Mars in 2007 – Second interim report
A short note on the present apparition appeared in a previous Journal (118, 73–74 (2008)). Here we review some aspects of the observations from around opposition (2007 December 24) to 2008 late May, by which time the apparition was virtually over. We also report upon the safe landing of NASA’s Phoenix probe (Figure 1).
The weather in early 2008, at least in the UK and Europe generally, was not at all helpful. It was very frustrating to experience long runs of cloudy nights in the period just after opposition. The Director eventually managed to make over a hundred drawings: see Figure 3 for six examples. Paul Abel, Makoto Adachi, David Gray and Ian Hancock also made very detailed drawings. Gray enjoyed a particularly fine view in near-perfect seeing on December 11: see Figure 4. As in 2005 the majority of our observers have been taking digital images and video (Figures 2 and 5).
NASA’s Phoenix landed safely on May 25 (Ls = 76º) at lat. +68º, long. 234º, in Vastitas Borealis (midway between classical Utopia and Lemuria) making it the first such craft to land in either of the martian polar regions. At the time of landing, the bulk of the N. polar seasonal cap had already retreated well north of latitude +68º. (The average latitudes recorded by the BAA in the 1980s and 1990s at a mean Ls of 78º was +76º.) Phoenix has a stereoscopic camera and sample arm, each of which is presently working well. It also sports a meteorological station, a mass spectrometer for soil outgassing analyses, and facilities for microscopy and soil conductivity experiments. Its two primary aims are to assess the biological potential of the ice–soil interface, and to study the history of water in the martian arctic.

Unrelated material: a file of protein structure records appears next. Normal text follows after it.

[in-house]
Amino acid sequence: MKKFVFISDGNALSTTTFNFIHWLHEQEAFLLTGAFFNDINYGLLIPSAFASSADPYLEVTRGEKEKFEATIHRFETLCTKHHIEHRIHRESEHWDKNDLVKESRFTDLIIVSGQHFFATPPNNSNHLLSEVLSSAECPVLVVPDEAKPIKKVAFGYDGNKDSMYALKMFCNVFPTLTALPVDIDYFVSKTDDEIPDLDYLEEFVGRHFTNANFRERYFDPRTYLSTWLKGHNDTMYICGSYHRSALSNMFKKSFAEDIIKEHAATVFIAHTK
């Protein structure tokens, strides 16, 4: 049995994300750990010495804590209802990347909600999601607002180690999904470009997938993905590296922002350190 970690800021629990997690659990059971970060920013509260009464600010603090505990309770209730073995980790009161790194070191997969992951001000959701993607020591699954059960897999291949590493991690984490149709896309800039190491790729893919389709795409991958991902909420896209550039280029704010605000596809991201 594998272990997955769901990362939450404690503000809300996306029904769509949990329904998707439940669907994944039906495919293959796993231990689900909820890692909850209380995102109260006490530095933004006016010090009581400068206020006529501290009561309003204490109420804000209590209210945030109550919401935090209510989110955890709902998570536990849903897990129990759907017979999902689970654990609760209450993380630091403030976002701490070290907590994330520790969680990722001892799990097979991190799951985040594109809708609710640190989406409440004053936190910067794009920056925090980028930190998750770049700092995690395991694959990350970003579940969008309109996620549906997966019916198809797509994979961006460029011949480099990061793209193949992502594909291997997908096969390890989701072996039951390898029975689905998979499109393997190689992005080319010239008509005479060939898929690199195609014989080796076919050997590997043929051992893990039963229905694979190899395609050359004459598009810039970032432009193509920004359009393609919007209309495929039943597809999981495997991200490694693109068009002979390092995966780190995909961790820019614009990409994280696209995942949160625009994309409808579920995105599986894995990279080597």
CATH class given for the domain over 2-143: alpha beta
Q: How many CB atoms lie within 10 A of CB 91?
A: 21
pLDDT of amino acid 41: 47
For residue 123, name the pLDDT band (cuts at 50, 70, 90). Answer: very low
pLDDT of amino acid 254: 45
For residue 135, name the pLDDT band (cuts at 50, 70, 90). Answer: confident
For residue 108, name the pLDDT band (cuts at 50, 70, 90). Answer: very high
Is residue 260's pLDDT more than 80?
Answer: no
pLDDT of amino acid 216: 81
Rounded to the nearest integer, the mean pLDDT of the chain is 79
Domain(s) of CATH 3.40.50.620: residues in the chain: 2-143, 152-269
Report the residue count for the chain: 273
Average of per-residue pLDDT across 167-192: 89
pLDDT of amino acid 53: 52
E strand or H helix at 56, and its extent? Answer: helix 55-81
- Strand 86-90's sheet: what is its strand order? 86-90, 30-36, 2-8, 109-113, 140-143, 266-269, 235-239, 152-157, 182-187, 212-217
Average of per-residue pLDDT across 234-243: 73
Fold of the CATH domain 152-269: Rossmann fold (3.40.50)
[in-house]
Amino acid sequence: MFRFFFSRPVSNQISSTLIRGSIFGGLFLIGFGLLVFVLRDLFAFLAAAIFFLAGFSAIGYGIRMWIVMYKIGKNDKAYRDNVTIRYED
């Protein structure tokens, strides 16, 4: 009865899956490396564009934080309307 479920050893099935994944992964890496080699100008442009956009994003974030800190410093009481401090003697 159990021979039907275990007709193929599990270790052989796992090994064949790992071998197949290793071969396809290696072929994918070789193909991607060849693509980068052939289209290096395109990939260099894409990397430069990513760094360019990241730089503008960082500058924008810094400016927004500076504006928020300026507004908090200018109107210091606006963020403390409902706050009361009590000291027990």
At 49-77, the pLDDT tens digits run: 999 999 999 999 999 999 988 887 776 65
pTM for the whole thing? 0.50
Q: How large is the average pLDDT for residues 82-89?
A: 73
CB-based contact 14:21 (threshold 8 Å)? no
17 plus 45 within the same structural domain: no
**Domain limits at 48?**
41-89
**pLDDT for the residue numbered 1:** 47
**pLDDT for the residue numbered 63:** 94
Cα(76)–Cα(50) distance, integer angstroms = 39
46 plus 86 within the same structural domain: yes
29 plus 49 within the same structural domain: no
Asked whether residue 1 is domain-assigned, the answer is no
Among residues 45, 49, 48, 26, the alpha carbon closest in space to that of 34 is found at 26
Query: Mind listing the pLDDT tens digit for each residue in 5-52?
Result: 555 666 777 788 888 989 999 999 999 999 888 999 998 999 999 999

The spacecraft was starting to return many images, some of which are given in Figure 1, as this note was being written. A few days after landing, the probe examined the terrain between its footpads to discover that the upper soil (or regolith) had been dispersed by its descent thrusters upon landing to reveal a brighter, harder layer of what appears to be ice. The Phoenix website may be found at: http://www.nasa.gov/mission_pages/phoenix/main/index.html
Albedo charts and the aftermath of the global dust storm